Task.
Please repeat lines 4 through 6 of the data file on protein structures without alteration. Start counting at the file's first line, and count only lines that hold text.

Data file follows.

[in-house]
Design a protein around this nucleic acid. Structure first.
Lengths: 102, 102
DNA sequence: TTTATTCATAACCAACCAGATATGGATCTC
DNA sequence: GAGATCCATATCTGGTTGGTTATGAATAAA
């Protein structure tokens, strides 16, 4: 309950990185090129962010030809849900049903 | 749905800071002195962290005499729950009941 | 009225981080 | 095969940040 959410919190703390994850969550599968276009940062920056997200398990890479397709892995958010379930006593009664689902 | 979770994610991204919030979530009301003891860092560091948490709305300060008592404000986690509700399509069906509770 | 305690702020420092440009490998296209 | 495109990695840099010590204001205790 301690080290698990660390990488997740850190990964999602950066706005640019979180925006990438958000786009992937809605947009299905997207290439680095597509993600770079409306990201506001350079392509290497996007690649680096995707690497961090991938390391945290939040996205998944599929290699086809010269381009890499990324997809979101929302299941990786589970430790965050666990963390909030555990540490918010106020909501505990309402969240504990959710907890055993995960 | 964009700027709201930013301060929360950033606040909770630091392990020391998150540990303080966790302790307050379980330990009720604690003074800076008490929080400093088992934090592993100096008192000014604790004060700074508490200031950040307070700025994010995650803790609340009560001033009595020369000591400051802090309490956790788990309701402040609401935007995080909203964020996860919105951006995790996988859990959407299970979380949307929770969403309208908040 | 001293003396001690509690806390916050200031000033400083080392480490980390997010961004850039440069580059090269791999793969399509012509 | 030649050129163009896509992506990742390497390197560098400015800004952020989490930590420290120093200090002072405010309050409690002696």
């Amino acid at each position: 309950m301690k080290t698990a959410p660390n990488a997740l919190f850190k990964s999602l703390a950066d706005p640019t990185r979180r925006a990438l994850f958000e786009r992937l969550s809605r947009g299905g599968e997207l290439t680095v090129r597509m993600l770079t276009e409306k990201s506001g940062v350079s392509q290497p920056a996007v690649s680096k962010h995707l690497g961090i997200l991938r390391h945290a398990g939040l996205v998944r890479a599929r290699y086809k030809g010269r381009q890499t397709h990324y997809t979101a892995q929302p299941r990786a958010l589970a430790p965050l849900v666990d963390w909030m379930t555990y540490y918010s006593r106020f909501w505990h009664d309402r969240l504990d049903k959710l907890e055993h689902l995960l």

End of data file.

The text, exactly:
DNA sequence: TTTATTCATAACCAACCAGATATGGATCTC
DNA sequence: GAGATCCATATCTGGTTGGTTATGAATAAA
């Protein structure tokens, strides 16, 4: 309950990185090129962010030809849900049903 | 749905800071002195962290005499729950009941 | 009225981080 | 095969940040 959410919190703390994850969550599968276009940062920056997200398990890479397709892995958010379930006593009664689902 | 979770994610991204919030979530009301003891860092560091948490709305300060008592404000986690509700399509069906509770 | 305690702020420092440009490998296209 | 495109990695840099010590204001205790 301690080290698990660390990488997740850190990964999602950066706005640019979180925006990438958000786009992937809605947009299905997207290439680095597509993600770079409306990201506001350079392509290497996007690649680096995707690497961090991938390391945290939040996205998944599929290699086809010269381009890499990324997809979101929302299941990786589970430790965050666990963390909030555990540490918010106020909501505990309402969240504990959710907890055993995960 | 964009700027709201930013301060929360950033606040909770630091392990020391998150540990303080966790302790307050379980330990009720604690003074800076008490929080400093088992934090592993100096008192000014604790004060700074508490200031950040307070700025994010995650803790609340009560001033009595020369000591400051802090309490956790788990309701402040609401935007995080909203964020996860919105951006995790996988859990959407299970979380949307929770969403309208908040 | 001293003396001690509690806390916050200031000033400083080392480490980390997010961004850039440069580059090269791999793969399509012509 | 030649050129163009896509992506990742390497390197560098400015800004952020989490930590420290120093200090002072405010309050409690002696």